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Canada Needs Direct Election Of The Prime Minister

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Canada Needs Direct Election Of The Prime Minister​

By Exegesisme

On studying the House of Commons(1), I proposed eight reforming directions of the federal politics on the eight weaknesses I had found in my study(2). On continuing study and deep thinking(1)(3), I found that there is a rather large proportion of federal politics that is unconstitutional(4), Canada needs to reconstitute(5).

Although "the predominant role and influence played by the Prime Minister of Canada both in Cabinet and in the executive branch in general"(6), and "the subordinate position of the practice of responsible government"(6) are not for formally written in any constitutional document, they are seen as a part of constitution as "regularly observed" "unwritten conventions" (6).

Although "the Constitution provides for a broad set of individual rights and freedoms, most of which are stated in the Canadian Charter of Rights and Freedoms"(6), "the Charter only states these rights and freedoms in very general terms", and "their precise meaning is interpreted and clarified by the Canadian judiciary (and, in particular, the Supreme Court of Canada)."(6)

In practice of the Constitution of Canada, "the predominant role and influence played by the Prime Minister" is highly over "the Canadian Charter of Rights and Freedoms", which are still "in very general terms", and "their precise meaning" are waiting to be "interpreted and clarified by the Canadian judiciary". Such a strong power on such a weak people! This actuality makes even the MPs in the House of Commons to give up their freedom and their responsive duty to the power of the Prime Minister system and the potential Prime Minister system(1). For the central position and the publicity of the House of Commons, the practice in the house of Commons would highly likely paly crucial role in reshape the whole nation of Canada. The passion, initiative and creativity of the Canadian people are seized by the unreasonable concentration of the power of the Prime Minister.

However, in another aspect, in the present arrangement of the Constitution, we see that the Prime Minister needs to concentrate the power as possible as she or he can for both the legislative role and the executive role of the Prime Minister. If the prime minister is not strong enough to get the support of the majority in the House of Commons, her or his government would resign, which increases the instability of the politics and makes less prediction of future.

Therefore, Canada needs the direct election of the Prime Minister, which endows the power to the Prime Minister and makes the power of the executive branch independent of the legislative branch, and makes the Government of Canada more sustainable and predictable. And in the legislative branch, the MPs and Senators(in future as they are elected) enjoy more freedom to represent their constituents from the policy of their party.

For this reason, we need to amend the Constitution.

Reference

(1) http://mapleleafweb.com/features/house-commons-introduction-canadas-premier-legislative-body

(2) http://www.mapleleafweb.com/forums/topic/24828-8-weaknesses-of-federal-political-system-and-reform/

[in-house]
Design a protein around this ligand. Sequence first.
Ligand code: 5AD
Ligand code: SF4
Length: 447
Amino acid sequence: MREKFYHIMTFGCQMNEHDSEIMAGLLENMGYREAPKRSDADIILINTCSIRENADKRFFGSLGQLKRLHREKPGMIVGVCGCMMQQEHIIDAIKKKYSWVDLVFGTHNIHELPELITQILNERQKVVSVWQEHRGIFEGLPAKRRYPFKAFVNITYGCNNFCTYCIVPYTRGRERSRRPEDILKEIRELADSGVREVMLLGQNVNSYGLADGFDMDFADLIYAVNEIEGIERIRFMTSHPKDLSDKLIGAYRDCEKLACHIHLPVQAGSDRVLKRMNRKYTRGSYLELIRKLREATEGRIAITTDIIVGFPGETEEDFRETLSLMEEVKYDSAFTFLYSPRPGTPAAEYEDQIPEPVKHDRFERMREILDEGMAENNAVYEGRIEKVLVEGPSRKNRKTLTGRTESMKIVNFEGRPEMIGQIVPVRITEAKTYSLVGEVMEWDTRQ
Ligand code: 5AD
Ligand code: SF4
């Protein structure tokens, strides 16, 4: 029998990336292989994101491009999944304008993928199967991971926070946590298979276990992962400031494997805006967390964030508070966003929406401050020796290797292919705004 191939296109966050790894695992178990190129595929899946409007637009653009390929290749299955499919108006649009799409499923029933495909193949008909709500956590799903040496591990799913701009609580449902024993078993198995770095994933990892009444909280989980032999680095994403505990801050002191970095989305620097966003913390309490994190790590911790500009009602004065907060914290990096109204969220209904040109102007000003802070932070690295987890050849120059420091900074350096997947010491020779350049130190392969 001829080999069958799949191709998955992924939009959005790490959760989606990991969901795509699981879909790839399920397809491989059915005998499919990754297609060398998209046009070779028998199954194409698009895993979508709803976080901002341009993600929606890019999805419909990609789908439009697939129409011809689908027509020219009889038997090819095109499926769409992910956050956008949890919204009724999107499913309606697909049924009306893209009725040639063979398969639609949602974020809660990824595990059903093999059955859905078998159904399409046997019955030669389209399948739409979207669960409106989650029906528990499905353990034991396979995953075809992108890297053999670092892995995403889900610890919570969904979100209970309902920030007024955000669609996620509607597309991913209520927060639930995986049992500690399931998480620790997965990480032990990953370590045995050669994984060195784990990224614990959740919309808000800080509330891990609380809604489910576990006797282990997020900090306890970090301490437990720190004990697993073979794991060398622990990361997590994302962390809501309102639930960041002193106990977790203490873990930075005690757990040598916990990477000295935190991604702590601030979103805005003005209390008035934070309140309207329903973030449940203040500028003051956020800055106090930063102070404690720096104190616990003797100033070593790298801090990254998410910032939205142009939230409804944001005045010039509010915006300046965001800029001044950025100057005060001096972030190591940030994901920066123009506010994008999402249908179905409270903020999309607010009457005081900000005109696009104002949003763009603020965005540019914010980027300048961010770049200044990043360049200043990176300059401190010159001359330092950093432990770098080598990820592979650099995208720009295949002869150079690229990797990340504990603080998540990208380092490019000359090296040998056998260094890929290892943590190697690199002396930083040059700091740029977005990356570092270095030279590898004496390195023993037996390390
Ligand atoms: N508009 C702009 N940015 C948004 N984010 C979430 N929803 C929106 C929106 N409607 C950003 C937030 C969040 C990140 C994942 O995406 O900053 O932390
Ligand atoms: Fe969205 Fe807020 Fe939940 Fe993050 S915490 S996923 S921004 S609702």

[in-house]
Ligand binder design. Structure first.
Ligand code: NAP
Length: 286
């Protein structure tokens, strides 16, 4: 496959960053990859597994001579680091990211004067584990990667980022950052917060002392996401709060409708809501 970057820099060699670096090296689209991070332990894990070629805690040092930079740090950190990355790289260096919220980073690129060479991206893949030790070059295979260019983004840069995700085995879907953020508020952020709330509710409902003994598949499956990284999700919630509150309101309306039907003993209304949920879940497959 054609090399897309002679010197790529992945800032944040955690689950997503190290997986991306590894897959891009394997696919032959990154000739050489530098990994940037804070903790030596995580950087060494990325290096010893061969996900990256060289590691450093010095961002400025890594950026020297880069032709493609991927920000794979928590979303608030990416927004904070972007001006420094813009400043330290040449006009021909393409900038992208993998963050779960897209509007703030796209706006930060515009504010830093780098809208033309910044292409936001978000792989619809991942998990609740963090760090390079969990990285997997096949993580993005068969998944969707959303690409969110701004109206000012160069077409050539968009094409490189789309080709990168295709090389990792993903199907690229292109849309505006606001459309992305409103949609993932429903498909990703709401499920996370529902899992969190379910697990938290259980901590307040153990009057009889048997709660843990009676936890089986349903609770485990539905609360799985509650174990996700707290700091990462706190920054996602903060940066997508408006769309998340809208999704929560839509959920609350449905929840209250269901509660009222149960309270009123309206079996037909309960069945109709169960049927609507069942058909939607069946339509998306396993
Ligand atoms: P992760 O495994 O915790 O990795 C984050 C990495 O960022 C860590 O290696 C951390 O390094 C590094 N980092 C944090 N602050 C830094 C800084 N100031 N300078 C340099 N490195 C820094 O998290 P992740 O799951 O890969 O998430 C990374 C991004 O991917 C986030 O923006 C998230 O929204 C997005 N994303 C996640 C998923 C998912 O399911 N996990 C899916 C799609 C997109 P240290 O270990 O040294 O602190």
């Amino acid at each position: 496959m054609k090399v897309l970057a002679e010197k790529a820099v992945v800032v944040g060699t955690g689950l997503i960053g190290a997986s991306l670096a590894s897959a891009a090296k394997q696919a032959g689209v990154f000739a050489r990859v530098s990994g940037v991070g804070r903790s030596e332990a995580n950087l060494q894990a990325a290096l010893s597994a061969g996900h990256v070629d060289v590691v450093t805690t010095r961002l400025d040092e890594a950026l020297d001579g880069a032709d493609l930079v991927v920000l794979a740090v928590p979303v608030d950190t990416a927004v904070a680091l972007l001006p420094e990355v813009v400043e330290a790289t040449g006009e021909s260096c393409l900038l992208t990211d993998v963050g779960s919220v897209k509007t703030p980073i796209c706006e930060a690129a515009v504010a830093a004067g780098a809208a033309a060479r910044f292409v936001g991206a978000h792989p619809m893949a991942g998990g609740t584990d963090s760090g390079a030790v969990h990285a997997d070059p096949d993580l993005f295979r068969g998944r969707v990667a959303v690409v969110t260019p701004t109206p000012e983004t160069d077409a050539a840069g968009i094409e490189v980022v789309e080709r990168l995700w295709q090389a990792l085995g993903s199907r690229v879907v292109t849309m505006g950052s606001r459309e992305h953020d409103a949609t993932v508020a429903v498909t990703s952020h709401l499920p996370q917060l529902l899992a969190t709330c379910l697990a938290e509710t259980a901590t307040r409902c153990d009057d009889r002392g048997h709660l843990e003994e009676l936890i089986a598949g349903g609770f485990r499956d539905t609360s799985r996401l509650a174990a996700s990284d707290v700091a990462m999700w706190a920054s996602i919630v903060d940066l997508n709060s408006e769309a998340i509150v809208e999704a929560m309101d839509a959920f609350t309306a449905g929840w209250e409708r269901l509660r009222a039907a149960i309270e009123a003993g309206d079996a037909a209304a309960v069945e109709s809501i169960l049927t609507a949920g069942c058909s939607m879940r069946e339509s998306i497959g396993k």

(3) http://www.diffen.com/difference/Democracy_vs_Republic

(4) http://www.mapleleafweb.com/forums/topic/24841-the-unconstitutional-political-practice-should-be-ended-soon/

(5) http://www.mapleleafweb.com/forums/topic/24842-reconstitution-of-canada/

(6) http://www.mapleleafweb.com/features/canadian-constitution-introduction-canada-s-constitutional-framework

Edited by Exegesisme

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All your posts say to me that you would like Canada to be a republic. An elected PM would likely mean he would need to be simply an executive and not be directly involved in the legislature (like the President of the US), since an elected PM that was from a different party than most MP's in Parliament would be unmanageable any other way.

I would prefer Canada to be a republic but it's such a big change it's unrealistic to think it will happen. You'd be better off supporting reform for more MP independence from party leadership, like Michael Chong's Reform Act, but not as watered-down.

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Michael Chong, is a good man and could have been a great political figure if not hampered by a vindictive, dictatorial PM. It was nice to see Chong sacrifice a cabinet post, money, perks, limo service, etc. to preserve his integrity in the face of Harper the bully.

Anyway, I would prefer to see Canadians given two votes. One for the governing party and one for their local representative. Each winning local rep gets a seat, parliament is adjusted with additional MPs to match the popular vote and the leader of the party with the greatest share of the popular vote becomes PM. Every vote counts, regardless of what your neighbours think, you can support a good local rep, even if you despise their party (eg. Mike Chong) and you can vote directly for a desired governing party or PM. Win, win, win. Plus I like the idea that the PM isn't greater than the House of Commons.

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All your posts say to me that you would like Canada to be a republic. An elected PM would likely mean he would need to be simply an executive and not be directly involved in the legislature (like the President of the US), since an elected PM that was from a different party than most MP's in Parliament would be unmanageable any other way.